- An oncoming vehicle is within 500 feet of them, or
- They are within 200 feet of the car in front of them
Although high beams afford more visibility than low beams, they can be blinding to other motorists. This, in turn, could create a road hazard. So motorists must take care to switch off their brights when an oncoming car – or the car they are following – is close enough to be disoriented by them.
In practice, the only place it makes sense to use high beams are on rural roads. In cities or other populated areas, there will always be other drivers too close for using brights.1
2. What is the penalty for violating CRS 42-4-217?
Illegally using high beams is a class A traffic infraction. The fine is $15 to $100, plus a surcharge. And the DMV will add two (2) points to the person’s license. (For adults age 21 or older, accruing 12 points in 12 months will cause the license to be suspended.)2
Infractions are civil, not criminal. Therefore, jail is not part of the punishment. But since it is a moving violation, insurance companies can use it as an excuse to increase premiums.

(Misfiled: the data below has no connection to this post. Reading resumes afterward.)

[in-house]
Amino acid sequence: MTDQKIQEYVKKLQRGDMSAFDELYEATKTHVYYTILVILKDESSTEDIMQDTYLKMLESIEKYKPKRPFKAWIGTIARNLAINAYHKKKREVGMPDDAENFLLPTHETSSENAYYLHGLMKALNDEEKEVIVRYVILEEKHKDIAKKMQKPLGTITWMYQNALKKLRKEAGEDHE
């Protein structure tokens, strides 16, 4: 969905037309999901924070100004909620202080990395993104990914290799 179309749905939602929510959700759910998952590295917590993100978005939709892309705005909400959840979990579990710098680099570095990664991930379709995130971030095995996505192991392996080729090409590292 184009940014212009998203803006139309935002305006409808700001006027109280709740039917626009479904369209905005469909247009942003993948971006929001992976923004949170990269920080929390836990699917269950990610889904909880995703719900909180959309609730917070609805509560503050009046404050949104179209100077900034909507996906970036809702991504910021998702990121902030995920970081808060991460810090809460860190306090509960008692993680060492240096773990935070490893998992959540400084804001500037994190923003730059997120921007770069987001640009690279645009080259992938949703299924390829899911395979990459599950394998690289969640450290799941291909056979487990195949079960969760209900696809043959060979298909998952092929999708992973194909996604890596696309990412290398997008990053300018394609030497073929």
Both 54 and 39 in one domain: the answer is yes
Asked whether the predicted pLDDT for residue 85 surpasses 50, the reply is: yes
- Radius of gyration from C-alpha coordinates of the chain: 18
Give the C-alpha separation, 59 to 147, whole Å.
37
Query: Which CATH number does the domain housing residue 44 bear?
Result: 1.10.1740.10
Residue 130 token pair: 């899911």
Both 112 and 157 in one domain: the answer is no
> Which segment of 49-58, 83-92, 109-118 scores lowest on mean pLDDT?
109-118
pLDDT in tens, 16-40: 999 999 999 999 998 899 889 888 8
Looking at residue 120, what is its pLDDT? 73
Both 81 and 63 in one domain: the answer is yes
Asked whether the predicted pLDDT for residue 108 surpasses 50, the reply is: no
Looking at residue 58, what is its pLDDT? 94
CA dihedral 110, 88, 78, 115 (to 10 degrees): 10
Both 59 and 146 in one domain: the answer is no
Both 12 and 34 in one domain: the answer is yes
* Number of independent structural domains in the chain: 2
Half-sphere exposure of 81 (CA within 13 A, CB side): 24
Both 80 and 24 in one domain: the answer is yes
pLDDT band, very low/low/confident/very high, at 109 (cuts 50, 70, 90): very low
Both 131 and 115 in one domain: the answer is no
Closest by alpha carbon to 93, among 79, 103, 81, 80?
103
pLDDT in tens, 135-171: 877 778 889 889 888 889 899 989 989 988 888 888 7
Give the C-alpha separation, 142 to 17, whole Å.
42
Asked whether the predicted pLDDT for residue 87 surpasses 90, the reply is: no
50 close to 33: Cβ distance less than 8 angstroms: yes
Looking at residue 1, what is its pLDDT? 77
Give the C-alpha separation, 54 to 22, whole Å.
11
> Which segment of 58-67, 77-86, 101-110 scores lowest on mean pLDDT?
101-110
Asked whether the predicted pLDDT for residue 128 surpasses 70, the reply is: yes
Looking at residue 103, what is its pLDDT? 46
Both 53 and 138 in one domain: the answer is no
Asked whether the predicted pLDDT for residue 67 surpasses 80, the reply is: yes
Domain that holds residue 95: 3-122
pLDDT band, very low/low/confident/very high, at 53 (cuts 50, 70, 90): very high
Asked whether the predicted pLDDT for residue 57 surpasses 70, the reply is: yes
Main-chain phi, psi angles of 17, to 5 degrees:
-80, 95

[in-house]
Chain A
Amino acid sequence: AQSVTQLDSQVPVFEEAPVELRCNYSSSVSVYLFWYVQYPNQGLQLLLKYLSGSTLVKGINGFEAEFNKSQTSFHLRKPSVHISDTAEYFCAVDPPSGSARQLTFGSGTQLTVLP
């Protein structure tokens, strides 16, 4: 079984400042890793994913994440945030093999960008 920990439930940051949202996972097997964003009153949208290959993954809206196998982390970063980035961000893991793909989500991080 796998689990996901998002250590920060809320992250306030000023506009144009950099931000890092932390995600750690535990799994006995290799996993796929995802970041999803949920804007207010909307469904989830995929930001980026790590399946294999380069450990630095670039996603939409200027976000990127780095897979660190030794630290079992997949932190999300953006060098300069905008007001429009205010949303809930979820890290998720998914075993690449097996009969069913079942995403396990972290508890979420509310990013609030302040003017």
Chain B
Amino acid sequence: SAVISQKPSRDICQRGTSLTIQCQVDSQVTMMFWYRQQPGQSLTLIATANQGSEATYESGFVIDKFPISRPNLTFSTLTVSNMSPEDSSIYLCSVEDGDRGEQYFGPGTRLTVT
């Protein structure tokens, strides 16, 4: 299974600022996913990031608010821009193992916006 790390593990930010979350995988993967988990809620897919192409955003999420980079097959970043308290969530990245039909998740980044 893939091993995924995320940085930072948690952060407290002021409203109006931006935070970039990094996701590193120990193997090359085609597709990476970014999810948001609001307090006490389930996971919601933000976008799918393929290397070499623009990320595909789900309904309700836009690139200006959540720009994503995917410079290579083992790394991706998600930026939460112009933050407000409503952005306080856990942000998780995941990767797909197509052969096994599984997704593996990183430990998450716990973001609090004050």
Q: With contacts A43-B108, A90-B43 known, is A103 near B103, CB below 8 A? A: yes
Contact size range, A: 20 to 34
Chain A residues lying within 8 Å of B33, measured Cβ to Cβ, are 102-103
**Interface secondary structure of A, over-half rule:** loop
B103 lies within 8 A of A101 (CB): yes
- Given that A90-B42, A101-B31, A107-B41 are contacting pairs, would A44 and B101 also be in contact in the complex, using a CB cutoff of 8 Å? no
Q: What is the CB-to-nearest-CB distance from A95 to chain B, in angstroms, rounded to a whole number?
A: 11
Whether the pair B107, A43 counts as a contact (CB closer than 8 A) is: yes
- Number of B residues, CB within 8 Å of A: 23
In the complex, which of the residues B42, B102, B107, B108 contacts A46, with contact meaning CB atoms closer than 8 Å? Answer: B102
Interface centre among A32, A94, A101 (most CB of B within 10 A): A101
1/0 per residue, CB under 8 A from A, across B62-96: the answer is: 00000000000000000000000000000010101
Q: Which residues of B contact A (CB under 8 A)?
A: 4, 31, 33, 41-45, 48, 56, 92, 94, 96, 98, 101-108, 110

3. Can a criminal defense attorney help?
Yes. An attorney would fight to get the citation dismissed outright. Two possible defenses are:
- The driver did not violate CRS 42-4-217. The police could have been mistaken about the defendant using high beams. Or perhaps the police wrongly calculated the distance between the defendant and the other cars on the road.
- Using the high beams was reasonable under the circumstances. Perhaps it was a foggy day, or a street lamp was out, and using high beams was the safest thing to do.
Depending on the case, the defense attorney would search for surveillance video, GPS records, eyewitnesses, and weather reports. If the defense attorney can piece together a picture that shows the defendant did nothing wrong – or that the defendant’s actions were justified under the circumstances – then the traffic ticket should be dropped.
4. What happens if I do not pay the ticket?